Step-up in basis is an IRS tax rule used to adjust an inherited asset’s value to conform to its fair market value for tax purposes upon the decedent’s death. The step-up in basis rule reduces the capital gains tax burden on the inherited property.
The value of the property immediately before a decedent’s death is treated as an income for tax basis reporting, subject to certain exemptions proportionate to its fair market value. Generally, a property’s value is higher at the date of a taxpayer’s death than it was when originally acquired. A step-up in basis is applied to transferred assets to eliminate the heir’s taxable capital gain liability.
A step-up in basis refers to the process of adjusting the value of inherited property to equal its fair value market value to reduce the transfer tax burden.
The step-up in basis rule is applicable to inherited assets at the time of the decedent’s death.
Economists have frequently called for the replacement of the step-up in basis in favor of lower capital gain taxes, as it would encourage recognition of capital gains and increase federal tax revenues.
Understanding Step-Up in Basis
The income tax system in the U.S. is founded on the basic precept that all wealth accretion is subject to tax. This concept is extended to the realization principle that allows deferment of income realized from properties until a point in which there is a disposition.
When a property is inherited, the difference between an inherited asset’s adjusted basis and the amount realized gives a capital gain or a loss that must be taxed or deducted. Thus, a step-up in rule reflects the accrued capital gains or depreciation recapture of an inherited asset.
For example, an heir who inherits shares trading at $12 when their original owner purchased them at $4 creates a step-up in basis. This makes the cost of shares equal to the current fair market value of $12, eliminating the gain accumulated during the investor’s holding period. Furthermore, the $12 becomes the cost basis for any future disposition, not the original purchase price of $4.
Step-Up in Basis for Inherited Properties
The step-up in basis rule adjusts the tax burden for inherited properties compared to other forms of properties. Under a step-up in basis, the value of an inherited property at the time of inheritance is the basis value used to calculate the capital gain tax when the heir sells the property, rather than its original purchase price. It implies that the heir does not bear the capital gain tax accumulated due to appreciation before the decedent’s death.
Using the same example, assume that a mother bought a home property for $30,000 and later dies when its market value was $250,000, leaving it to her son. Should the son decide to sell the home at $250,000, the property would receive a step-up in basis of $250,000, meaning there would be no capital gain. Similarly, if the mother placed the home on a revocable trust and retained the right to the income for the rest of her life, then her son will be eligible for a step-up on the basis.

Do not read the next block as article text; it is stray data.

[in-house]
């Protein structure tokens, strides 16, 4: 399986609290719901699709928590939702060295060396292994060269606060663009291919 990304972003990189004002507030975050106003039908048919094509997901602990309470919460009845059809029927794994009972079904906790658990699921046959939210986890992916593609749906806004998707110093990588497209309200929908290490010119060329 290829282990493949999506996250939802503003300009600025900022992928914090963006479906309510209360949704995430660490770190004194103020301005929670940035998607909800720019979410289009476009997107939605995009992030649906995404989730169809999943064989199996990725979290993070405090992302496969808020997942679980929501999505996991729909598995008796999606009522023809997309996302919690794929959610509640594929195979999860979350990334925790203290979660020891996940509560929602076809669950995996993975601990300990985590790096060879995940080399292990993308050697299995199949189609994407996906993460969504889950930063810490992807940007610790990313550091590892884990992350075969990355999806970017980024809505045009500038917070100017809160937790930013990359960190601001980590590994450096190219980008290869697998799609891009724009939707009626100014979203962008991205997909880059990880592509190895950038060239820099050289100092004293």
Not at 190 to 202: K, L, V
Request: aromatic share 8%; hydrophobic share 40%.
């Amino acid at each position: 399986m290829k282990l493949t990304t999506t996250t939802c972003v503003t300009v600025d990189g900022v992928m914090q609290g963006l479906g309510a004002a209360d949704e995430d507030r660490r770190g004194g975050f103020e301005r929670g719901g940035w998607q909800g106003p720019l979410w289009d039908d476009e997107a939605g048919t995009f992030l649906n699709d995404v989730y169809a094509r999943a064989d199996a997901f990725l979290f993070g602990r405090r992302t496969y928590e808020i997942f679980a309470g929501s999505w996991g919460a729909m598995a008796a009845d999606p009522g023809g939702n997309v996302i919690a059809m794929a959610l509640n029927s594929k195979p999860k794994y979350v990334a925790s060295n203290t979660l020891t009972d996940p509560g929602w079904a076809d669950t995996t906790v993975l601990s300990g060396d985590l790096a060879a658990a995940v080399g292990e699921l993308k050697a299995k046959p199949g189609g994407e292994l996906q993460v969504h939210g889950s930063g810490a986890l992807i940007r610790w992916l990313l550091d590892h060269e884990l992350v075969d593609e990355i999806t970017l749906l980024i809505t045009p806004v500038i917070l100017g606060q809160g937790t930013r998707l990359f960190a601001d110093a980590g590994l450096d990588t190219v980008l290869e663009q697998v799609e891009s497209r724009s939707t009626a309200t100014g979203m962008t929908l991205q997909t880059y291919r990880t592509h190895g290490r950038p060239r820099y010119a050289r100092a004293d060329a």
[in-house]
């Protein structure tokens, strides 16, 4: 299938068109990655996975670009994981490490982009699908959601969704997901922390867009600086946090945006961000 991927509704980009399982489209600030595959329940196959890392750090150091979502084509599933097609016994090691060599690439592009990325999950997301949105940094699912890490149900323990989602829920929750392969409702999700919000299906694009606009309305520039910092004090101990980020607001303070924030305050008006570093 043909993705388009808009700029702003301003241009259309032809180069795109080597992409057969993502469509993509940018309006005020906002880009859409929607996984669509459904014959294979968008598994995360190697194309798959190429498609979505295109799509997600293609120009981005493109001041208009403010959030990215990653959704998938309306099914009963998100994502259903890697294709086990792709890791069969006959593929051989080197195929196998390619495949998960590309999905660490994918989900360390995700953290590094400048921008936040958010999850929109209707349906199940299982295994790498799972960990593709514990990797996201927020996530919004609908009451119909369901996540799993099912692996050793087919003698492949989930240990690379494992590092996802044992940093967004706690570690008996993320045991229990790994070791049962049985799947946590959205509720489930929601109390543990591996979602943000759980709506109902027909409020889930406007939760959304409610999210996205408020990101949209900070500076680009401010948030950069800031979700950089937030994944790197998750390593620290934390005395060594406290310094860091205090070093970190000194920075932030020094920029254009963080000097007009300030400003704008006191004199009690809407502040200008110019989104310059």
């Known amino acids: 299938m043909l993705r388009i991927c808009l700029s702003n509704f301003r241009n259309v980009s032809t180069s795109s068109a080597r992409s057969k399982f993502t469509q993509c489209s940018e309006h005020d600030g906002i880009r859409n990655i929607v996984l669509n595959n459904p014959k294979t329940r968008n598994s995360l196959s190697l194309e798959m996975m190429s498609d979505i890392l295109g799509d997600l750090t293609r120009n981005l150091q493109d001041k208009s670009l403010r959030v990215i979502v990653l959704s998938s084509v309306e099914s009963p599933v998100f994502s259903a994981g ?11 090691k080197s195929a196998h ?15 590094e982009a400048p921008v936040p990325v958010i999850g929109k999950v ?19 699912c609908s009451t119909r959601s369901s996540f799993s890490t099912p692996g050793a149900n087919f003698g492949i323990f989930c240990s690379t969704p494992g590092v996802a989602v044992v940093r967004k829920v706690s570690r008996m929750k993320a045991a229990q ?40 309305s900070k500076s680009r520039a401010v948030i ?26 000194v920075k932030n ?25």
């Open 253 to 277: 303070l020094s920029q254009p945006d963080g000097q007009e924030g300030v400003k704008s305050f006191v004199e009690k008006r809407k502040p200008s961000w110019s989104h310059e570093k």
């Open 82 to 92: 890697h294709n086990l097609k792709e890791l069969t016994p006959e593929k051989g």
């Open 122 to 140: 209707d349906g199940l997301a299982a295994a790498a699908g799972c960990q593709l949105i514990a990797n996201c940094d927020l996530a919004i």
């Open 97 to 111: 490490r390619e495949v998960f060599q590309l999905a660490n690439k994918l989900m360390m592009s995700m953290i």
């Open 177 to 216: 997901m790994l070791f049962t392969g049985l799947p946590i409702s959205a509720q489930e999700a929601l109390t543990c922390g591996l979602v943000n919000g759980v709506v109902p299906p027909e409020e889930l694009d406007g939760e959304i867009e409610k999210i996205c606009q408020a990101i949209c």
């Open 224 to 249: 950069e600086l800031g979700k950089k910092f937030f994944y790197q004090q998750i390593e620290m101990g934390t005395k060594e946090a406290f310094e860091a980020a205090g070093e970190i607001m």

Changes in Step-Up in Basis for Inherited Properties
The principle of step-up in basis no longer applies to properties inherited after December 2009 under the current IRS laws. A modified carryover basis is applicable to the above case, rather than the step-up in basis rule. Therefore, the inherited asset basis is equivalent to the lower of its fair market value as of the date of the decedent’s demise.
In such a case, suppose an asset’s tax basis is higher than its fair market value as of the decedent’s death. The heir receives the lower fair market value because the basis is stepped-down. The new criterion is not unlimited, and it allows step-up in basis under two basic conditions. One of the conditions is that the step-up in basis only applies to the aggregate amount of appreciation is not less than $1.3 million, plus $3 million of asset appreciation given to the heir.
Criticisms Over Step-Up in Basis
The step-up in basis rule deviates from fundamental tax principles, and as a result, drawing criticisms as a tax loophole for super-rich individuals. Such individuals are said to evade or reduce capital gains tax liability by placing their assets in estate trusts.
For example, an ultra-rich investor might invest in assets anticipated to accrete and accumulate significant wealth before death. The heir will enjoy the fruits of step-up in basis after the decedent’s death. The tax burden that amounts to millions of dollars will be waived.
Another cause for its grudging acceptance is the challenge of identifying the original asset tax base accurately because of poor record-keeping. The call for the repeal of step-up in basis recommends as a replacement the adoption of lower capital gain taxes that still obey the death rule.
Based on the said concept, all unrealized losses and gains would be realized and be filed in the final tax return following the taxpayer’s death. Supporters of the concept argue that its twin virtue can improve the tax system’s administration, not to mention bridging the gap between economic inequality.
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